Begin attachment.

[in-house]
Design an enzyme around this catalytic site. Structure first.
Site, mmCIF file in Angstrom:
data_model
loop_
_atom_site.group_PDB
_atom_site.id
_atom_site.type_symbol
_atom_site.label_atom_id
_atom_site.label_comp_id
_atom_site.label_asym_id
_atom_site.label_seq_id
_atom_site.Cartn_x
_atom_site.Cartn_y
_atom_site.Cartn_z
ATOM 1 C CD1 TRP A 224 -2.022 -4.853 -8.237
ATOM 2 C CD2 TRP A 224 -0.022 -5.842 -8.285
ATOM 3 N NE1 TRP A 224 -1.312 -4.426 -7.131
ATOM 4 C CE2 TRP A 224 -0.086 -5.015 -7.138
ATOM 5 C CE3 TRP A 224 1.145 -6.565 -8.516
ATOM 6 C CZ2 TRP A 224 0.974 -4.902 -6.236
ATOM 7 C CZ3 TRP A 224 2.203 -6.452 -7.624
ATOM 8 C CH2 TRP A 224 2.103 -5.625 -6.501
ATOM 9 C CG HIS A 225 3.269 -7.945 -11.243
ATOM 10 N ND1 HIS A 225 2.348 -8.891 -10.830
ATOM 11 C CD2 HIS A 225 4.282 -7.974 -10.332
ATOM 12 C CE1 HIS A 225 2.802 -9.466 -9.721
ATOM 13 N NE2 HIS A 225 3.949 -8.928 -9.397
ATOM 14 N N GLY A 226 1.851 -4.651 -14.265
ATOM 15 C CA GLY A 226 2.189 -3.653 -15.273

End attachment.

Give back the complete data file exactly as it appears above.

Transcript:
[in-house]
Design an enzyme around this catalytic site. Structure first.
Site, mmCIF file in Angstrom:
data_model
loop_
_atom_site.group_PDB
_atom_site.id
_atom_site.type_symbol
_atom_site.label_atom_id
_atom_site.label_comp_id
_atom_site.label_asym_id
_atom_site.label_seq_id
_atom_site.Cartn_x
_atom_site.Cartn_y
_atom_site.Cartn_z
ATOM 1 C CD1 TRP A 224 -2.022 -4.853 -8.237
ATOM 2 C CD2 TRP A 224 -0.022 -5.842 -8.285
ATOM 3 N NE1 TRP A 224 -1.312 -4.426 -7.131
ATOM 4 C CE2 TRP A 224 -0.086 -5.015 -7.138
ATOM 5 C CE3 TRP A 224 1.145 -6.565 -8.516
ATOM 6 C CZ2 TRP A 224 0.974 -4.902 -6.236
ATOM 7 C CZ3 TRP A 224 2.203 -6.452 -7.624
ATOM 8 C CH2 TRP A 224 2.103 -5.625 -6.501
ATOM 9 C CG HIS A 225 3.269 -7.945 -11.243
ATOM 10 N ND1 HIS A 225 2.348 -8.891 -10.830
ATOM 11 C CD2 HIS A 225 4.282 -7.974 -10.332
ATOM 12 C CE1 HIS A 225 2.802 -9.466 -9.721
ATOM 13 N NE2 HIS A 225 3.949 -8.928 -9.397
ATOM 14 N N GLY A 226 1.851 -4.651 -14.265
ATOM 15 C CA GLY A 226 2.189 -3.653 -15.273